Recent Genome Duplications Facilitate Phenotypic Diversity of Hb Repertoire
Cyprinidae (Image by IHB)
The research team led by Pro. HE Shunping from Institute of Hydrobiology, Chinese Academy of Sciences (IHB) re-confirmed that recent genome duplications occurred in the polyploid fishes through a study on the genomic organization and evolution of the Cyprinidae hemoglobin repertoire.
Their results also indicated an evolutionary conservation of the genomic organization and expression patterns of hemoglobin genes in the diploid fishes. Moreover, genome duplications facilitated the phenotypic diversity reflected in both membership composition and intragenomic organization of Hb genes in the tetraploid species.
These features with species-specific changes in gene content is thought to have been derived by gene loss and fusion after genome duplication.
In this study, the genome and transcriptome data from eleven fish, including seven diploid and four tetraploid fish, were collected; Full complement Hb genes in the genomes were annotated, and the analyses of conserved synteny, molecular evolution, and sequence conservation were conducted.
To better understand the expression pattern of the Hb genes, researchers integrated the results with the expression profiles of the genes during ontogeny.
They detected the repeated evolutionary transitions of Hb gene expression during ontogeny in different species, involving the expression convergence of paralogous genes and expression divergence of orthologous genes. This may reflect changes in oxygenation properties among different species because different Hb isoforms have adapted to perform distinct oxygen loading/unloading tasks during ontogeny.
The study also revealed that the early and late expressed Hb genes were mostly located at the 3’ and 5’ end of the MN cluster, respectively, in most species studied.
Analyses of the physical organization revealed that the head-to-head and head-to-tail arrangement and alternating order of the hbα-hbβ pattern (including pseudogenes) was fairly conserved.
The Hb gene clusters in tetraploid species exhibited more variation in both composition and physical organization when compared with their diploid counterparts.
Repeated evolutionary transitions in the ontogenic regulation of Hb gene expression were identified.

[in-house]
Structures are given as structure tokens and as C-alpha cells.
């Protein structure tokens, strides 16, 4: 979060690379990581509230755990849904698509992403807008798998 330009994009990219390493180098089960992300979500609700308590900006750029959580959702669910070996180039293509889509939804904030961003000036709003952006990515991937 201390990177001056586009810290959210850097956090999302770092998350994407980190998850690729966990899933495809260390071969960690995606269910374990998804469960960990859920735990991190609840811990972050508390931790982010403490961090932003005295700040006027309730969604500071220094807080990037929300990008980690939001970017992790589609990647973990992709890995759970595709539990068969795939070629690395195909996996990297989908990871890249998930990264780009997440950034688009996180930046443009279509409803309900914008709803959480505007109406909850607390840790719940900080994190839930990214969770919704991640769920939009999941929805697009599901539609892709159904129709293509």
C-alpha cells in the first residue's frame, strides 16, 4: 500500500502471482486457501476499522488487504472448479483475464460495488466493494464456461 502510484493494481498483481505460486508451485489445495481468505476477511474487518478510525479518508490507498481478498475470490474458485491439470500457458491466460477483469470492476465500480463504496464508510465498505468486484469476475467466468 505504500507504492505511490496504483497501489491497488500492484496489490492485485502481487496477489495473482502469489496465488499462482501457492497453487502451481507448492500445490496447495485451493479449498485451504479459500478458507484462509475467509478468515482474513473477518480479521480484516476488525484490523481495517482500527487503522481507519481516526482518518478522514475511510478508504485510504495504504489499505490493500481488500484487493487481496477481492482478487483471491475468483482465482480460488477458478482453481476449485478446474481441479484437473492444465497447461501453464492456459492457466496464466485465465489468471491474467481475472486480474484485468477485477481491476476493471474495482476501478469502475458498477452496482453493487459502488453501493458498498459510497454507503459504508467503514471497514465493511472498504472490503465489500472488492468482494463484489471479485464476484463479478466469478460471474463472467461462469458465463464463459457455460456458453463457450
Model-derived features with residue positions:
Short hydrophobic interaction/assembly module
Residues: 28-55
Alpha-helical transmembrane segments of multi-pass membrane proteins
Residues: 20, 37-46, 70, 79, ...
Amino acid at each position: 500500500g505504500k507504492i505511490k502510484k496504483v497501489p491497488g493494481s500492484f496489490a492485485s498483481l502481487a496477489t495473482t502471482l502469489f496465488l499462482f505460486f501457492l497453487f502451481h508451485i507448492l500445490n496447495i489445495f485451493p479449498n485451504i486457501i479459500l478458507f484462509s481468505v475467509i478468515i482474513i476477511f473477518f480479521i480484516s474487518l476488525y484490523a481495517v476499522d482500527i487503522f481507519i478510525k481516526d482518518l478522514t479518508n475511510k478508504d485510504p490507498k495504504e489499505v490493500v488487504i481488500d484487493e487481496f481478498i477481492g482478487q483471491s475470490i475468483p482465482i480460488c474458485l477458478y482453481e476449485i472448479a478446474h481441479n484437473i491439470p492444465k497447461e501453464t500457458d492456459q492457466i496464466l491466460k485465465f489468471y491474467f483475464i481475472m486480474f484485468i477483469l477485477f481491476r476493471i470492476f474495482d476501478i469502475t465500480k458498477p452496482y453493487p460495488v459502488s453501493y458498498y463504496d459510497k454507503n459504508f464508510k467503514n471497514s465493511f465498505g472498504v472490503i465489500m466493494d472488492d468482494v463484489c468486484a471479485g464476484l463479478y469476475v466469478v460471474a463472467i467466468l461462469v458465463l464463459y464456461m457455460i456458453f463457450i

It is expected that polyploidy fish generally possess more copies of Hb genes than diploid species due to the additional genome duplications.
However, gene loss and fusion after genome duplications helped to generate phenotypic changes in Cyprinidae Hb systems and may facilitate the evolutionary diversity on the gene function and expression pattern.
These changes might reflect the evolutionary advantage of expressing the multiple Hb isoforms to succeed in changing environmental oxygen conditions.
The survival, reproduction, and distribution of organisms are more or less affected by environmental O2 availability.
The physiologically optimal adaptation of organisms to environmental O2 availability is ultimately reflected in the balance of O2 demand (metabolism) and supply (storage and transport).
Hb plays an essential role in sustaining aerobic metabolism by transporting O2 from the respiratory exchange surfaces to the cells of respiring tissues.
The diversity of blood oxygen transport traits is the perfect reflection of physiological versatility for evolutionary success among vertebrates.
Whole-genome duplications (WGDs) are an important contributor to phenotypic innovations in evolutionary history. Evidence suggests that two successive rounds of whole-genome duplication that occurred early in vertebrate evolution may have played an important role in the evolution of vertebrate-specific innovations. However, little is known about the evolutionary consequences of recent genome duplications, especially the adaptive evolution from the molecular genetic level.
This study explored the contribution of recent genome duplication to the evolutionary adaptation to oxygen. Combining the relative studies in other teleost, the study revealed that the polyploidy fishes generally possess more copies of Hb gene than diploid.
The variation in Hb gene copy number has been regarded as a source of regulatory variation, which affects physiological difference in blood oxygen transport and aerobic energy metabolism and makes organisms to copy with the changing metabolic demands and environmental oxygen availability.
The results were published online in Science China Life Sciences.
Conserved synteny of the Hb gene clusters from twelve representative
Cyprinidae fish (Figure by IHB)
Genomic organization of the Hb gene clusters of Cyprinidae fish (Figure by IHB)
Expression profiles of Hb genes in Wuchang bream